|Item Weight||1 pounds|
|Product Dimensions||6 x 3 x 1 inches|
|Item model number||HP12C|
|Batteries||1 Nonstandard Battery batteries required. (included)|
|Number of Items||1|
|Size||5 x 3 1/8|
|Manufacturer Part Number||HP12C|
HP 12C Financial Calculator
|Price:||$55.00 & FREE Shipping. Details|
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- Calculator with built-in financial functions and statistics
- Uses Reverse Polish Notation (RPN)
- More than 120 built-in functions, including register-based cash-flow analysis
- 10-character, 1-line LCD display
- Device measures 5.0 x 0.6 x 3.1 inches (WxHxD)
Customers Who Bought This Item Also Bought
The HP 12C's functions include all the basics--such as calculating APR, NPV, and IRR--and statistics are a snap. For students new to financial calculators, this is an excellent place to start. For the most part, the manual reads like a minitextbook, walking you through sample problems and situations followed by graphs and tables demonstrating the technique--and you can even check your results. The section on creating programs does seem to be written for the technically ignorant, addressing in detail how you could possibly benefit from using programs, but it'll still help you get the job done.
In general, it's a bit slower than newer models, just like last year's computer isn't as speedy as today's new release. On the plus side, it's just 3 by 5 inches and slips easily into a pocket. The bottom is printed with a few little cheat notes for common functions, which is nice for quick reference. The HP 12C's one-year warranty and available tech-support line offer reassurance this little workhorse will continue to be an industry standard for years to come. --Jill Lightner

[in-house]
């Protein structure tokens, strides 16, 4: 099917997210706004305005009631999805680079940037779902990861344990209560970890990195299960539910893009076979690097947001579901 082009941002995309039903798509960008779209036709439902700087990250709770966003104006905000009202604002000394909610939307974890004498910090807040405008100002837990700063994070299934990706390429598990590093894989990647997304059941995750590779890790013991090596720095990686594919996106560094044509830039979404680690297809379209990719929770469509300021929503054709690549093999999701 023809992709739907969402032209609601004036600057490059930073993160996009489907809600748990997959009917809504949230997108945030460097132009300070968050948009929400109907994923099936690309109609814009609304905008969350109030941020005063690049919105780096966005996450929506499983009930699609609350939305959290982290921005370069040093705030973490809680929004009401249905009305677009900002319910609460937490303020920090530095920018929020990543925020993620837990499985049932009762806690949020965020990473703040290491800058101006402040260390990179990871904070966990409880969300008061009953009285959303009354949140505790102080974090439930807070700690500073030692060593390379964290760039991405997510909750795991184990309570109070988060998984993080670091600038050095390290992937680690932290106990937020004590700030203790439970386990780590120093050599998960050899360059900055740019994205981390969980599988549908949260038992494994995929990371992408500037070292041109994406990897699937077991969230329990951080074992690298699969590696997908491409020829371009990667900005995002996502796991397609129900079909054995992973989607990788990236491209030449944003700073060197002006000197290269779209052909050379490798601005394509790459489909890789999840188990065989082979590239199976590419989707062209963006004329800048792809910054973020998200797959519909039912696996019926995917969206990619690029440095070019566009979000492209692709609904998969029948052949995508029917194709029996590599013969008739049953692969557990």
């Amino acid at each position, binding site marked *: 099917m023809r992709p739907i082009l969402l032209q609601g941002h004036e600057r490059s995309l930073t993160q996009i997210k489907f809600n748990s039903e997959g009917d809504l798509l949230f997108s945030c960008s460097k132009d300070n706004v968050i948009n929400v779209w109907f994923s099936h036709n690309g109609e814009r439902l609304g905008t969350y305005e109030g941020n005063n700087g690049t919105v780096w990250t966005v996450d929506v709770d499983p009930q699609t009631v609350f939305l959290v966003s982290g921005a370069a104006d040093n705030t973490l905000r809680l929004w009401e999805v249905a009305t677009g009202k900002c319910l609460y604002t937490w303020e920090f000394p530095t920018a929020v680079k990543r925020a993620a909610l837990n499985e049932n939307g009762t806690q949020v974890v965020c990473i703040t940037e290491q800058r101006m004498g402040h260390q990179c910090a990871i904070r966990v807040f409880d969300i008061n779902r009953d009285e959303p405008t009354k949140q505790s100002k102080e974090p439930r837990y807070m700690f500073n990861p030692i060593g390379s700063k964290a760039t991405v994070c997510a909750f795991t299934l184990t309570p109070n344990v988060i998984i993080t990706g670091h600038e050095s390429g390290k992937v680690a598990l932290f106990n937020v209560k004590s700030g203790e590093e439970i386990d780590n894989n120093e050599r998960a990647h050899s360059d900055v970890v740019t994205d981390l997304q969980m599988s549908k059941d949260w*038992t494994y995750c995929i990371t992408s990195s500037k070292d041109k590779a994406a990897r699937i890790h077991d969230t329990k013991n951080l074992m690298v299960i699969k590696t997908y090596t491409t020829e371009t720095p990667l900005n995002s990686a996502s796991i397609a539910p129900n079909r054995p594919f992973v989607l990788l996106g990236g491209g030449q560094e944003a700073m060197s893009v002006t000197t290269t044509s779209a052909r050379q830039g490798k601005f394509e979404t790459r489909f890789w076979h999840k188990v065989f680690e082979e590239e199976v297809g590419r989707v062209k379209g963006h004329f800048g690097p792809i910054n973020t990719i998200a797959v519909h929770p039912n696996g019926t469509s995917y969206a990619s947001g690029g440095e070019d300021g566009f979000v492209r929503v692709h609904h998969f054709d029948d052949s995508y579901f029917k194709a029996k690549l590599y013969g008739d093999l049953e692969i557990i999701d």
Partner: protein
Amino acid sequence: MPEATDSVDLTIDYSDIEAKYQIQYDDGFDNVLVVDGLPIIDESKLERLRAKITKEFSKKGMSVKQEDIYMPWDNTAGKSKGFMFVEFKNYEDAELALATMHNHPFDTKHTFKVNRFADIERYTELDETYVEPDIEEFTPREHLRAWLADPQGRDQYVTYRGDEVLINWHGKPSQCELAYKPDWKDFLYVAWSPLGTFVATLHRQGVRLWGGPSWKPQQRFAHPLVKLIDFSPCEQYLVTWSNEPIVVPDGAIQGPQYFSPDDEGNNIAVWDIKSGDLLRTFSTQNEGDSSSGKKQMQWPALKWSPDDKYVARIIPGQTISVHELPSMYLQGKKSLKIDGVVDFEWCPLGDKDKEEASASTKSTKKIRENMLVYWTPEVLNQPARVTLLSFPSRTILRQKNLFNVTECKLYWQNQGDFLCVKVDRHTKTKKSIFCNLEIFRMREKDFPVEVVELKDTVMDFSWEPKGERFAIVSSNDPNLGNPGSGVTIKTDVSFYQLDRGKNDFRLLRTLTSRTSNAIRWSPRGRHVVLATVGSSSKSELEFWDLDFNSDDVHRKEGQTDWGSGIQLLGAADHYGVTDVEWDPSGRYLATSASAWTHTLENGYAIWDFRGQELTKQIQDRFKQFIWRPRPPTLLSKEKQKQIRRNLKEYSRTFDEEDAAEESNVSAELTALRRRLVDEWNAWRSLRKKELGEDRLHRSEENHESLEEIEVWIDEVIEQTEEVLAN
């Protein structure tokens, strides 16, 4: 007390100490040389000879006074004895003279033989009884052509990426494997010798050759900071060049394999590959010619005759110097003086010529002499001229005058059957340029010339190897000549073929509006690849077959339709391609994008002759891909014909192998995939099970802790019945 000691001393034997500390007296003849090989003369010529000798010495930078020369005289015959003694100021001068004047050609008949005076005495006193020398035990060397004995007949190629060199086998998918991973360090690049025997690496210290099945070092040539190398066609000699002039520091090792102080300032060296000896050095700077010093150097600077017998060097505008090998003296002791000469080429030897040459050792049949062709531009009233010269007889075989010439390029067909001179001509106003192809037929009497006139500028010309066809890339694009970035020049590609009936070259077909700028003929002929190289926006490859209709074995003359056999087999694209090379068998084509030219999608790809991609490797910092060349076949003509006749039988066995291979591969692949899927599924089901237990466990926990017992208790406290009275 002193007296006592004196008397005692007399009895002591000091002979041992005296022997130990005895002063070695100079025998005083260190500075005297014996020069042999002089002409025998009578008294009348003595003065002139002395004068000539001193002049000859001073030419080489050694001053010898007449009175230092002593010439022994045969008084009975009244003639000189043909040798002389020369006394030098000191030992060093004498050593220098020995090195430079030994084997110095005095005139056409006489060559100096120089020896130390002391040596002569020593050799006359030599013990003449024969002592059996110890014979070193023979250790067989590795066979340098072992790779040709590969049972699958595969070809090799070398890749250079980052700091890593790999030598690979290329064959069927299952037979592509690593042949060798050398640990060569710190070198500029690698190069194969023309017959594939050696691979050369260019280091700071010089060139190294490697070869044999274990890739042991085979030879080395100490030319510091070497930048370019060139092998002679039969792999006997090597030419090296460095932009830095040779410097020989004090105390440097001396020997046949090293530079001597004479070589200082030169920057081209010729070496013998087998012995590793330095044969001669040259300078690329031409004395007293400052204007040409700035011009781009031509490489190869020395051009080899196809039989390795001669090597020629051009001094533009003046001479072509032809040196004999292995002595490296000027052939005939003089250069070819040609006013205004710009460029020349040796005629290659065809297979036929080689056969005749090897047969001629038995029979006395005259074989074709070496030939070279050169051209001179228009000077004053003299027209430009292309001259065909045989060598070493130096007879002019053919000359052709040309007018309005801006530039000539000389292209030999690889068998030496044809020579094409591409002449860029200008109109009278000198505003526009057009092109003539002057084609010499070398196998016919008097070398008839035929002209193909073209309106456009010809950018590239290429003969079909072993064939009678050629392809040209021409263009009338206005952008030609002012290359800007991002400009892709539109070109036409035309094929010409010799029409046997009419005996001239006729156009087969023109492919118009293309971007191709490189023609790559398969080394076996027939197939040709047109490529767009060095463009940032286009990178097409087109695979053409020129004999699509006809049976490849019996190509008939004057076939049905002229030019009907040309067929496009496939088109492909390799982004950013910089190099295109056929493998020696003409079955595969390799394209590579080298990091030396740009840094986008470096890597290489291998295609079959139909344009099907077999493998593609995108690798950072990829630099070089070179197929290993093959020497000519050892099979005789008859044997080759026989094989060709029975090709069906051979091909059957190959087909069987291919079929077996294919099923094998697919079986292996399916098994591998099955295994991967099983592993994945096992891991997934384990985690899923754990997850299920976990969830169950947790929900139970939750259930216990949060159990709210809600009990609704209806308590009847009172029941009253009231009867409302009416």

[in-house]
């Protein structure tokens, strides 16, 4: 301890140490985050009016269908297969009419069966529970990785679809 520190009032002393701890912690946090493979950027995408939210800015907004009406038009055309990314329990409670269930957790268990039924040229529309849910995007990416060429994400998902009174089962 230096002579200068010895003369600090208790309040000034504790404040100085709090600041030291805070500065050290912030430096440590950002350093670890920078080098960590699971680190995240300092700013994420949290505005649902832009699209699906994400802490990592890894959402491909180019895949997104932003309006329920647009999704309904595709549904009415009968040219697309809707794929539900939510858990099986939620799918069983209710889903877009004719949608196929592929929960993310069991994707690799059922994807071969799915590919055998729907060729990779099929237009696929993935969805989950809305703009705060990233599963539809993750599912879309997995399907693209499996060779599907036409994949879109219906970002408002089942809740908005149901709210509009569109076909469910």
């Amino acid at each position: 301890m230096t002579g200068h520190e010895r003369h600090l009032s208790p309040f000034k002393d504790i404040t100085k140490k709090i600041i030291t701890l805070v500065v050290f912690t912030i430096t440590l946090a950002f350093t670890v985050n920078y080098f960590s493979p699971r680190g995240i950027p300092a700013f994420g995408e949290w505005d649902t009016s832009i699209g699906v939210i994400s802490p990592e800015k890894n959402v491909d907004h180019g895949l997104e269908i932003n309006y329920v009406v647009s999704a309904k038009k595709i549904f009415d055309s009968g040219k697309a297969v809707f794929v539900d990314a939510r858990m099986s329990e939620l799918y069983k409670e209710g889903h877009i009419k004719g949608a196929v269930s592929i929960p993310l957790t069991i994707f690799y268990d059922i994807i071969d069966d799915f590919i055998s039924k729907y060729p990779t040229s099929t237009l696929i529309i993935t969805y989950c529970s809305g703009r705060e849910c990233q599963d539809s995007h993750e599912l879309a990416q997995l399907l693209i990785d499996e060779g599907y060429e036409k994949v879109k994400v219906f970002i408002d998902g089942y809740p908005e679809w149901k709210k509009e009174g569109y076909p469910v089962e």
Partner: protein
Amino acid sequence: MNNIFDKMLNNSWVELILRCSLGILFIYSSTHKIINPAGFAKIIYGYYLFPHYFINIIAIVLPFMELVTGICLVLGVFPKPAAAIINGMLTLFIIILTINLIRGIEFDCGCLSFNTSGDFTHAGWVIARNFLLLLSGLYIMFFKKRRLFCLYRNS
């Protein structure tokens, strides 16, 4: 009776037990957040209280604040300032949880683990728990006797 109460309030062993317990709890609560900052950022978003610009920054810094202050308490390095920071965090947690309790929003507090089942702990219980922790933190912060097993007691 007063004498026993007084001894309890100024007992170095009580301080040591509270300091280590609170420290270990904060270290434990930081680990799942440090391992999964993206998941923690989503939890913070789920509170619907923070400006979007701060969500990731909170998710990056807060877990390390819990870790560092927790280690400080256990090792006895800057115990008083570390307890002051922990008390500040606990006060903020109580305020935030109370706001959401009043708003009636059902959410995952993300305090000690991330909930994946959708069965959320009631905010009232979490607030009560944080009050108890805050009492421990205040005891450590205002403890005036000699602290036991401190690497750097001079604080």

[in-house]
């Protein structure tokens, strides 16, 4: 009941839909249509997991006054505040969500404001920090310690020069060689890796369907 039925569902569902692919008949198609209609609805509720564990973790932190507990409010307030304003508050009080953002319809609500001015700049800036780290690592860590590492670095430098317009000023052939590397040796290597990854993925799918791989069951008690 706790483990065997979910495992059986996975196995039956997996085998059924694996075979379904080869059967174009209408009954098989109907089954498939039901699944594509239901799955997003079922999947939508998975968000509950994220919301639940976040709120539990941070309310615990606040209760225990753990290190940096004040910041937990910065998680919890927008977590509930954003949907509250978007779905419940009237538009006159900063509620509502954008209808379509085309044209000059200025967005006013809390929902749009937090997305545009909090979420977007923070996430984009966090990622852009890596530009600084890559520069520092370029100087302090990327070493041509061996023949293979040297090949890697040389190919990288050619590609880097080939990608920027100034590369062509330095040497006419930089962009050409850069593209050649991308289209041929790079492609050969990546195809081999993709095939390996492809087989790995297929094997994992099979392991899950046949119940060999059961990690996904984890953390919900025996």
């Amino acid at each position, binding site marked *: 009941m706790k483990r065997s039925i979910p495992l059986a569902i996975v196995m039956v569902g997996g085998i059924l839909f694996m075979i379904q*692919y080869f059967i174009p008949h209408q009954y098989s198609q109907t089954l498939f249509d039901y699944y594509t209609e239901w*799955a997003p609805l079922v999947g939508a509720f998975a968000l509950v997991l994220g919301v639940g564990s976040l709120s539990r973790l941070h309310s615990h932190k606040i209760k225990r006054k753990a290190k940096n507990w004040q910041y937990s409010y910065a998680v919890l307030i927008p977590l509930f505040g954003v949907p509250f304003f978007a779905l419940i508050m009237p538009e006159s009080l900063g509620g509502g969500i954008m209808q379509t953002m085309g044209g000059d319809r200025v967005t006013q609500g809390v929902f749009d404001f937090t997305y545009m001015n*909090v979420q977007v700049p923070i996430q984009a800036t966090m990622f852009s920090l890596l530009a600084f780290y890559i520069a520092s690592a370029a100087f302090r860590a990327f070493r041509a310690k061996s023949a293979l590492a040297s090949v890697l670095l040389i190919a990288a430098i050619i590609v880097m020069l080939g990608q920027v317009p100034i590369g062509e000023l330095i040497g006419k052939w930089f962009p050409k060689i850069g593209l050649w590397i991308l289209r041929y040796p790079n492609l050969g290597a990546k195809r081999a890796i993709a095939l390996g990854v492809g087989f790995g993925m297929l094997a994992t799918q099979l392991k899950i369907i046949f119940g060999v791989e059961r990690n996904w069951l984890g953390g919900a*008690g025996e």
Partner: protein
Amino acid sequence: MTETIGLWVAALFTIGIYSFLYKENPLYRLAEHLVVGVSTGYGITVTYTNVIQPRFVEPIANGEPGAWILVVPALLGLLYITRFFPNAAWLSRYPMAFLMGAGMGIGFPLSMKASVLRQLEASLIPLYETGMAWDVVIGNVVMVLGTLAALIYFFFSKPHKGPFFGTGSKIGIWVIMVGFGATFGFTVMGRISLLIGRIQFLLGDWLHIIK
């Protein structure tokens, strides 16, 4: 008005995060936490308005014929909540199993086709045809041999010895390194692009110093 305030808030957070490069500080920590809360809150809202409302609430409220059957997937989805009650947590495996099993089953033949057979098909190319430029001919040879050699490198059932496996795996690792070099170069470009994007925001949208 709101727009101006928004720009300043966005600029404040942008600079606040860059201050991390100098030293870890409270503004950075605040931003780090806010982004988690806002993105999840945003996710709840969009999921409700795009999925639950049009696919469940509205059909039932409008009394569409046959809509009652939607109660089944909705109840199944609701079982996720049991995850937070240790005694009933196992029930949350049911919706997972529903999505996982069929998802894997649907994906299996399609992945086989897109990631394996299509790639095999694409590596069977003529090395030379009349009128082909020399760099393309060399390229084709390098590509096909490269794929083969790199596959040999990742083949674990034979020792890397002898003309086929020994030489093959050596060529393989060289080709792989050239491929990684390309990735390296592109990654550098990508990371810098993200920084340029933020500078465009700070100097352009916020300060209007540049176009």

- Pocket size
- Thorough and simple instruction manual
- Competitive price
- Calculates more slowly than modern machines
Calculator, user's manual, installed batteries and carrying case
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This item: HP 12C Financial Calculator
HP HP10S+ Engineering/Scientific Calculator B009H955ZU
|Shipping||FREE Shipping||$16.00||FREE Shipping||FREE Shipping|
|Sold By||shopsaveshop||SwissMicros||HyperTech Bargain||Always Tax Free|
|Color||Black, Brown||metal||Information not provided||White|
|Dimensions||1 inches x 6 inches x 3 inches||2.32 inches x 3.46 inches x 0.28 inches||5.89 inches x 0.77 inches x 3.24 inches||1 inches x 6 inches x 3 inches|
|Item Weight||1 pounds||0.15 pounds||0.33 pounds||0.2 pounds|
|Size||5 x 3 1/8||Information not provided||3.04 x 0.59 x 5.79 in||3.04 x 0.59 x 5.79 in|
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Top Customer Reviews
While other calculators have gone high-end and become curiosities of mathematics and graphics, HP's customers do not want to let go of the 12-C, despite the fact that HP has more powerful calculators at a slightly larger price. Here's why I think:
Just the right set of features. The average Joe using a financial calculator needs no more than the HP-12C provides.
Sturdy and strong. The keys have a wonderful feel.
Fits in a shirt pocket.
Very reliable. They've had two decades to iron out any bugs.
Large user base. Most financial courses will use this as the calculator of choice
Buy this calculator, if you need a financial calculator. You will not regret it -- I daresay that it will still be around when your kids need their own calculators.